today.... 26/9/07 my duty time part is working on Emergency YGH... at about 2:00 pm 5 patients was coming to our Emergency ... for Gun Shot from Government militaries... 1 patients died on d spot on arriving Hospital... ( shot on Bladder ) 4 r still bad in Diagnosis... The patient's attendant said " the patient r not in d line of protest... they ( victims ) are just chatting and watching d protest line and sitting on Cafe Bar near Shawe Dagon Pagoda , some r pedestrians" when they watching.... Government military Car was crossing to d protest line and randomly shot all of them ... what the insanity and inhumanity of their mind don't they have self-mind.. that can desire to do or shouldn't do? don't they have Family? don't they have Brain? i was very sorry for victims ( pateints ) and victims' relatives really insanity , really inhumanity, really selfish to get holding their stupid military Government... really unintelligence .. how to manage the country like in this situation ... i always ready to support Protest Monks and People... and wanna treat whenever they get injuries ... and all my friends ... u also wanna see like that or not .... This PROTEST is our chance to get improving our country among neighbours ...his is what i got from my mail and telling what was happening with him on 27/09/07


Below is an actual of what had happen yesterday on 27/9/07.

I am a Singaporean working in Myanmar for the past 11 years.
I was on my way to office( near Thuwana area) at around 4 to 4.30pm when the riot police block the road near "Super one, ILBC area". I stop my car with my wife and walk out. suddenly riot police and soldiers drove the truck around the corner and start firing shots at the crowd. we quickly ran to the side and squat down near the wall.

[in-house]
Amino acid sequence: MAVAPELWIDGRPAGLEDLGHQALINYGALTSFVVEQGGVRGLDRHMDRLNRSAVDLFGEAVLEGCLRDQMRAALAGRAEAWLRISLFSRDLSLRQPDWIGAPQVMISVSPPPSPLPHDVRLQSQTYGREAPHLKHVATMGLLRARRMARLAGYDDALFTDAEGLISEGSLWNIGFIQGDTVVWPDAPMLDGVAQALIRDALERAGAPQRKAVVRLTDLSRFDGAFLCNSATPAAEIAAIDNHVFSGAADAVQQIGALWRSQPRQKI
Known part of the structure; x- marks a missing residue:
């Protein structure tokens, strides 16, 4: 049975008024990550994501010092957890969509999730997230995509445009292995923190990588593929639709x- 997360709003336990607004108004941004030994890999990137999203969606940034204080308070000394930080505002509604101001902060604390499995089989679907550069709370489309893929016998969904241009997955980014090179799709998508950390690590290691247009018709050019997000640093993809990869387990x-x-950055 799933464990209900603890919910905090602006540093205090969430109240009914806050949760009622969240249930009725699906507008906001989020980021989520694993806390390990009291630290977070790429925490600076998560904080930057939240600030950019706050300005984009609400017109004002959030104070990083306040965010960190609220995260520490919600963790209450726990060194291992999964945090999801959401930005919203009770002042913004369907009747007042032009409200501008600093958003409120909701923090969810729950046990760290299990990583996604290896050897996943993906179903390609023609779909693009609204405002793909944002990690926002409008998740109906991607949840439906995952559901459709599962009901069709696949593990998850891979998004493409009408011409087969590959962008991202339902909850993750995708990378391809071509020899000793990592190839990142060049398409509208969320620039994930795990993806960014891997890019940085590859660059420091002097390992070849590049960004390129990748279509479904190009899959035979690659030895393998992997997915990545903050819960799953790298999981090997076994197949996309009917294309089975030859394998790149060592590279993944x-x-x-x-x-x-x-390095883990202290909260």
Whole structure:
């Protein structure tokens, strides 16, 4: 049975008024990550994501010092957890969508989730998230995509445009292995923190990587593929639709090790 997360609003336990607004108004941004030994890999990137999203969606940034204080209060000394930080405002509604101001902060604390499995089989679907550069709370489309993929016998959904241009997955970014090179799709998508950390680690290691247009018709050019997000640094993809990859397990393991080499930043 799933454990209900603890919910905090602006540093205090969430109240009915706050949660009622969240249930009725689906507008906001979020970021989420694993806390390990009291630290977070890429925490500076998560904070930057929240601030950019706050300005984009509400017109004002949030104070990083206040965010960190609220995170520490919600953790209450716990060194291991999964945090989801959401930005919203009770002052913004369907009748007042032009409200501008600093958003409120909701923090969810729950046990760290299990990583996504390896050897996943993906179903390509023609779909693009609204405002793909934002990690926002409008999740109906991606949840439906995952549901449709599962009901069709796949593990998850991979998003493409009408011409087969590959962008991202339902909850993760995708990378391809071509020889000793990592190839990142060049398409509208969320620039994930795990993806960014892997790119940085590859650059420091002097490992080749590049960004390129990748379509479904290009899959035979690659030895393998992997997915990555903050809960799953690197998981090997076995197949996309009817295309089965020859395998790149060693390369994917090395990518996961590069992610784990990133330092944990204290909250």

The soldiers came down and start to shoot at us. I was shot twice but i did not know what hit me. My both leg were bruised. the soldiers and police kicked us and the rest of the crowds into the drain and shouted that they would kill us if we look at them.


We were forced to stay in the drain for 15 mins and gather by the into a group.
A commander came and gather his troops and drove off to Tamwe direction.
After that ,i looked at my injures and and found injures on my left and right legs.
My wife found the "40mm riot control munnition" empty cartridge that the soldiers shoot at me.

I would like the embassy and media to know the actions of this army.
We are just ordinary citizen going to work and they just shot at us for no reason.
Imagine what they would do to the protesters!

I would like the Singapore government would make a strong stand against this violence crack down on the monks and people.


attached is the photo of my injures .
I have been attended by a private doctor on my injures.
The doctor said i was very lucky that the shot missed the groin area.


This turn into



This ..... so, who is making violent.

I would like to apologise to everyone for last 2 hrs, i was too tired and i just can't bring myself still awake, I have 2 hrs sleep every night for 8 fays, sorry that i missed many phone calls and i missed some news, but now i am back online.

















Burma time 16;12

To all folk, it is really bad in YGN, pLs can someone do something for our country, now inside YGN it has been look like War Zone, i even heard stooting over the phone. it is over 50 shots, right now. but people are not giving up to protest and more and more people coming out to street.

they even used tear gas into primary school.


by:http://www.ko-htike.blogspot.com/



Mychal Bell of 'Jena 6' released on bail

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Written on 9:47 PM by yahoo

Mychal Bell, a black teenager accused of beating a white classmate and who was the last of the "Jena 6" behind bars, was released from custody Thursday after a juvenile court judge set his bail at $45,000.




Bell's release followed an announcement from LaSalle Parish District Attorney Reed Walters, who said he would not appeal a higher court's decision moving Bell's case to juvenile court.